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The Major’s Welcome Home
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When Kenna Sutton is tasked with driving home newly returned Beck “True Blue” Collier, she expects the strategic Army mastermind to be a pasty number cruncher. Never at a loss for words, Kenna is nonetheless rendered speechless by the gorgeous, hard-bodied and utterly inexperienced Army Major that lands in her passenger seat. Outraged by Beck’s lack of a welcome home after seven long years overseas, Kenna takes matters into her own hands, giving Beck something he’s only ever fantasized about in his bunk.
Beck has never shied away from a test of will and Kenna gives new meaning to the word challenge. One problem? Kenna’s father is the Lieutenant General presenting Beck with a Silver Star and Beck is determined to treat Kenna with the respect she deserves. Kenna has other ideas, however, tempting Beck’s resolve at every turn. But how long can one lonely, starving man hope to resist the woman he craves?
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All hail the world’s shittiest welcoming committee.
Kenna Sutton sat at the stoplight, chipped red nails drumming on the steering wheel. Come on. Change. She could feel the car full of soldiers to her left trying to get her attention. On a typical day, she would rev the engine of her baby blue Dodge Challenger, invite them to a race they would inevitably lose. But she was late—painfully late—to pick up one of their brethren. A soldier returning this morning from a staggering six years overseas, whose family was apparently too busy to greet him. So how had this landed on her shoulders? Just another perk of being Lieutenant General Sutton’s daughter.
“Forget this,” she muttered, stamping her foot down on the accelerator and screeching through the red light. Only one mile to go until she reached the landing zone. This last-minute favor to her father might be a pain in the ass, but she refused to let him down. She’d already done enough letting down to last a lifetime, and it was rare that he entrusted her with anything of importance, so she wouldn’t screw it up. Too badly.
Her knowledge of the man she’d been tasked with transporting to the barracks began and ended with one fact: he was some kind of strategic mastermind. Well, that wasn’t entirely true. She knew his name and rank. Major Beck Collier’s skill set must be something special, because he’d made himself indispensable to the Army. Six years’ worth of indispensable. And not one familiar face to latch on to when he landed.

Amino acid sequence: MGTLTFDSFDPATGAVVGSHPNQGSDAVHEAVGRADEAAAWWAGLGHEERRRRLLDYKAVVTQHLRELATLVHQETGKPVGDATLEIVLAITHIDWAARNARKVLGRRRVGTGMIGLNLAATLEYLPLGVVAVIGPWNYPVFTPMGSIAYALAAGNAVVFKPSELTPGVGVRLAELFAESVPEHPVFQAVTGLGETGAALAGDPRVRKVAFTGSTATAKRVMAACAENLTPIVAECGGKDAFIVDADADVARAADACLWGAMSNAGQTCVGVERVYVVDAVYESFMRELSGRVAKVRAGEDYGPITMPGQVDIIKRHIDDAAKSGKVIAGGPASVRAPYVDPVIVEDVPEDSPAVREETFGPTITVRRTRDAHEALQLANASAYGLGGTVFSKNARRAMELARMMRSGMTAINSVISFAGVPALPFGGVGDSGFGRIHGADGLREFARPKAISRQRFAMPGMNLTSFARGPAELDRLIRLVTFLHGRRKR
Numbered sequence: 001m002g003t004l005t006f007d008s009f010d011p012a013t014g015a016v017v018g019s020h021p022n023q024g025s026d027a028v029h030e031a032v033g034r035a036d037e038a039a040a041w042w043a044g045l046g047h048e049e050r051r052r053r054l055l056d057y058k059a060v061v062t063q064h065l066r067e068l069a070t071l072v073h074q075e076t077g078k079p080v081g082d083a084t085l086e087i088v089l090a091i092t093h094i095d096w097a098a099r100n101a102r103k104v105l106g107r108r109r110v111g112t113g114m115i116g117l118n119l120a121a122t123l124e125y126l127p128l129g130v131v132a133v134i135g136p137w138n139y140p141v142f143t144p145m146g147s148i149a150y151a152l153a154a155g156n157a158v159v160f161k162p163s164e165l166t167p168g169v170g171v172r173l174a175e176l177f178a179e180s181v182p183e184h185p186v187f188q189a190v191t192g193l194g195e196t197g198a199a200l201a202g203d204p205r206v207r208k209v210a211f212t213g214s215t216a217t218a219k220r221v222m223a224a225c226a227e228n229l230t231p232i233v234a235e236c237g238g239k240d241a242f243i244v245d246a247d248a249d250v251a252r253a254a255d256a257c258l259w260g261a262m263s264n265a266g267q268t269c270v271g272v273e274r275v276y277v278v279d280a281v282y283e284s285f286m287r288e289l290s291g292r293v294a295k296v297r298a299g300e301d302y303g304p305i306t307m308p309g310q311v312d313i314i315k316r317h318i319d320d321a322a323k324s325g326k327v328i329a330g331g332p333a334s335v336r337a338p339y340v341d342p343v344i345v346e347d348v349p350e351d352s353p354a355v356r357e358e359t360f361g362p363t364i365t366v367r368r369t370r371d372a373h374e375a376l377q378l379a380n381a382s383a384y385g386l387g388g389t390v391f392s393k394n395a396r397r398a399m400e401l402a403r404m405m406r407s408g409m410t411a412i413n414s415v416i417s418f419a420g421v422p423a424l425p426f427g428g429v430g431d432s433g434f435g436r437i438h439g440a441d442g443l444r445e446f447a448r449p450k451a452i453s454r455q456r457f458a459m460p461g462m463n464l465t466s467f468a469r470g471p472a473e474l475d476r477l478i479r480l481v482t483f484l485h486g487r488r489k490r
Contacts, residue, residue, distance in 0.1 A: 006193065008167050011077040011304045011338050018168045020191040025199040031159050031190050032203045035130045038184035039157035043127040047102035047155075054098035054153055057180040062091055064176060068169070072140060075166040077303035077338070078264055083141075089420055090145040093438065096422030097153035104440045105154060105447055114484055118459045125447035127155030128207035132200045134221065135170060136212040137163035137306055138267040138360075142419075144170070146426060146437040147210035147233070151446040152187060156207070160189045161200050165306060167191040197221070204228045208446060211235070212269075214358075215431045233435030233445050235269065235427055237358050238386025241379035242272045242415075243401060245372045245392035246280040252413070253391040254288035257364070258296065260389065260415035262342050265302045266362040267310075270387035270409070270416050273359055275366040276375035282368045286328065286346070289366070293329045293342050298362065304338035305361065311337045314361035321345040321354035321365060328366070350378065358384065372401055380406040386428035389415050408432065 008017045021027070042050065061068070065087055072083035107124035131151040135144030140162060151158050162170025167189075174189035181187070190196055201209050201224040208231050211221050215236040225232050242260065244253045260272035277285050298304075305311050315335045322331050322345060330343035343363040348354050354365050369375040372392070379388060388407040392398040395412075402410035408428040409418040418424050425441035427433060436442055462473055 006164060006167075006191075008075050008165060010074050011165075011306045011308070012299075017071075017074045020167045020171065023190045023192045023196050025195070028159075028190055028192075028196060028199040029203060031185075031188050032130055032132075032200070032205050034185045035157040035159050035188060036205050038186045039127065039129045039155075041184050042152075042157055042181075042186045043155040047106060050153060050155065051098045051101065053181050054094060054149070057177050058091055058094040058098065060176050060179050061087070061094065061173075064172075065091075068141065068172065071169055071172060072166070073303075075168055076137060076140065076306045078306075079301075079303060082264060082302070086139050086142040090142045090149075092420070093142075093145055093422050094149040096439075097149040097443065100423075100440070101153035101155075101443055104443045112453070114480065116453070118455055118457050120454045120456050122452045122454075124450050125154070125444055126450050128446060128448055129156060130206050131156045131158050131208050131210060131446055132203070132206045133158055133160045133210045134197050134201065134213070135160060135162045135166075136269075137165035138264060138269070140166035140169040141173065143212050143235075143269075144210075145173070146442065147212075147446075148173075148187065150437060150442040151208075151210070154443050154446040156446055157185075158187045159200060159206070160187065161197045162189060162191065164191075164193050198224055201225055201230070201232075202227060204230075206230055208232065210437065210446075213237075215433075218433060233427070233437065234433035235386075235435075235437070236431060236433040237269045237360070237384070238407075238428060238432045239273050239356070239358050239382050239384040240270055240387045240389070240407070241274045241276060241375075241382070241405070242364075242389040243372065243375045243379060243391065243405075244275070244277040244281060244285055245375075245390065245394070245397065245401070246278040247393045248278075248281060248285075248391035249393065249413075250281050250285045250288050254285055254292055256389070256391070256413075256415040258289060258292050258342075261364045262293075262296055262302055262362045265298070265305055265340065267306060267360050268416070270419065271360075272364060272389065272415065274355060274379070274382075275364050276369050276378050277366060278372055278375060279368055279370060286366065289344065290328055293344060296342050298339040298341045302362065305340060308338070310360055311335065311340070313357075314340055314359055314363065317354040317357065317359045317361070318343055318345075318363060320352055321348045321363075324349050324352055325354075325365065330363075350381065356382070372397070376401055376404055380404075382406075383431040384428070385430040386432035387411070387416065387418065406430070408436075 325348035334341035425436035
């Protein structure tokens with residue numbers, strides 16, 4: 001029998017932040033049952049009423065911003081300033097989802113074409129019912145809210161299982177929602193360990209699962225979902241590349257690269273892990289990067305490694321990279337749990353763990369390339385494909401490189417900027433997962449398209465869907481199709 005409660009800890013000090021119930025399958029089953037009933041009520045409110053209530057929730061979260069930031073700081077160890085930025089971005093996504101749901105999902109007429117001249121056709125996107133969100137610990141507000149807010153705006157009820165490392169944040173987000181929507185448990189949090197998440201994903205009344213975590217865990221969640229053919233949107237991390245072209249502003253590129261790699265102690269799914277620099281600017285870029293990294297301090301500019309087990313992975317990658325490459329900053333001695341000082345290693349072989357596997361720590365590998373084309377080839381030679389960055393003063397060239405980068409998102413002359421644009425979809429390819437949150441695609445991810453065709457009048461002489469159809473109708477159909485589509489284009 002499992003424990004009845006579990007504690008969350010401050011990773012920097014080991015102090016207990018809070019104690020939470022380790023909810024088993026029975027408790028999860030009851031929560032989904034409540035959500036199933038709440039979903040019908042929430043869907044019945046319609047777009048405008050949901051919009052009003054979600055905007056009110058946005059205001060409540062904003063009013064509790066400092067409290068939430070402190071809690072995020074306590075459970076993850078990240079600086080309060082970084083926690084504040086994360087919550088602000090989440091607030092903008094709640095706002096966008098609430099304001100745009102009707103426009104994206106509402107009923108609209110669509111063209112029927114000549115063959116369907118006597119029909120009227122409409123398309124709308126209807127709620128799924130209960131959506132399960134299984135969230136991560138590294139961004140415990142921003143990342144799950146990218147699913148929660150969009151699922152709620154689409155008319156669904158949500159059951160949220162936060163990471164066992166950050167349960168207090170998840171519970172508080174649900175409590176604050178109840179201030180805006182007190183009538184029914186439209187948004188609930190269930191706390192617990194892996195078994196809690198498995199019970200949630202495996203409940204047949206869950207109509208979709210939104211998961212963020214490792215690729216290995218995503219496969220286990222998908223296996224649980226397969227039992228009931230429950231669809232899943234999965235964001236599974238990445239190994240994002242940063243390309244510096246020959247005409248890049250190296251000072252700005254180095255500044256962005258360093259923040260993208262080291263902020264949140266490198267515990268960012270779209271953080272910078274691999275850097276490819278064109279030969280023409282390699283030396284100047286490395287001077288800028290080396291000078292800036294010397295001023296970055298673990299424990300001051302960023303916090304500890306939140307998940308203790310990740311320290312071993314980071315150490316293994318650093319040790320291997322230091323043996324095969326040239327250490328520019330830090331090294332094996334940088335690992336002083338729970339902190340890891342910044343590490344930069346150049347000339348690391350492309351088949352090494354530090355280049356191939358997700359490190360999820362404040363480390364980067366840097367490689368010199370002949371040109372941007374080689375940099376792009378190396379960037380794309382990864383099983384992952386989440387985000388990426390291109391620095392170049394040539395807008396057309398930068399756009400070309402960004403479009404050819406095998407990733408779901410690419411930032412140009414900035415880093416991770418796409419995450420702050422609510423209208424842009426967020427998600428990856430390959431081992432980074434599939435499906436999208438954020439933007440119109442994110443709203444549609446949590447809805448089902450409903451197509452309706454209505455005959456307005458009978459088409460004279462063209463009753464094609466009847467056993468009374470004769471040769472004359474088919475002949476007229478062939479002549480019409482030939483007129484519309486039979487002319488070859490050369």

Kenna swallowed the unexpected wave of sympathy and took a hard right, smiling as her tires squealed. The only benefit to waking up at the crack of dawn to pick up the stuffed-shirt geekster she envisioned was a chance to drive her baby. Listen to the engine purr like a contented leopard. With a wave of troops returning home, the winding roads of Fort Black Rock shouldn’t have been empty, which meant the visitors were already at the site. Dammit.
She slowed down just in time to prevent bottoming out as she pulled into the parking lot. The first available space she saw was at the very perimeter of the lot, but she was way too late to be choosey. Seconds after she threw the Challenger into park, she’d snatched up her makeshift sign that simply read Collier, and was jogging across the parking lot, her heavy Dirty Laundry combat boots pounding on the asphalt.
Running on a Sunday. Fucking obscene.
Car windows had been decorated with painted flags and the names of soldiers in big, bold letters. Welcome Home! In the distance, she could hear a marching band playing “God Bless America,” making her slow to a walk. The Fort Black Rock marching band was notoriously terrible, and the longer she put off being in their vicinity, the better.
A uniformed guard stopped her at the chain-link fence. “Need to see your identification, ma’am.”
He must be new. That wasn’t arrogance talking, although God knew she had a healthy dose of the stuff. She’d lived on base since birth and people—namely men—tended to know her. They didn’t call her a cocktease behind her back for blending in, did they? With a sigh, she tugged the wallet from her back pocket and tossed it to the guard, popping a stick of mint gum into her mouth as he looked it over. She knew the exact moment he recognized her last name because his eyebrows disappeared into his helmet. “I’m sorry, Miss Sutton. Go right in.”
“You’re a gem.” Kenna walked into the airfield, pushing her wallet back into the pocket of her jeans as she went. A group of photographers and journalists blocked her view at first, but as soon as she breached the human wall they’d created, she saw the soldiers disembarking from the plane. Men carrying Army-green duffel bags over their shoulders strode into the arms of crying women. Babies were kissed. Photos were taken. Proposals were made on bended knee. It was enough to warm the blackest of hearts. Even hers, apparently.
Feeling the odd spark in her chest, Kenna looked away quickly, wincing as the marching band struck up their awkward rendition of “Wild Blue Yonder.” Wasn’t that song reserved for the Air Force? Holding the homemade sign above her suddenly aching head, she made her way to the greeting area, scoping the sea of soldiers for an older gentleman by himself. Strategic masterminds probably wore thick-rimmed glasses, had pasty skin…maybe a slight paunch from too many hours in front of a computer, right? The second she dropped him off at the barracks, he’d probably dive on the first available video game controller. Didn’t matter to her. She’d already be back in bed, finishing her Sunday the way she’d originally intended. Counting sheep.
“Excuse me, ma’am,” a gravelly voice said behind her. “Are you my ride?”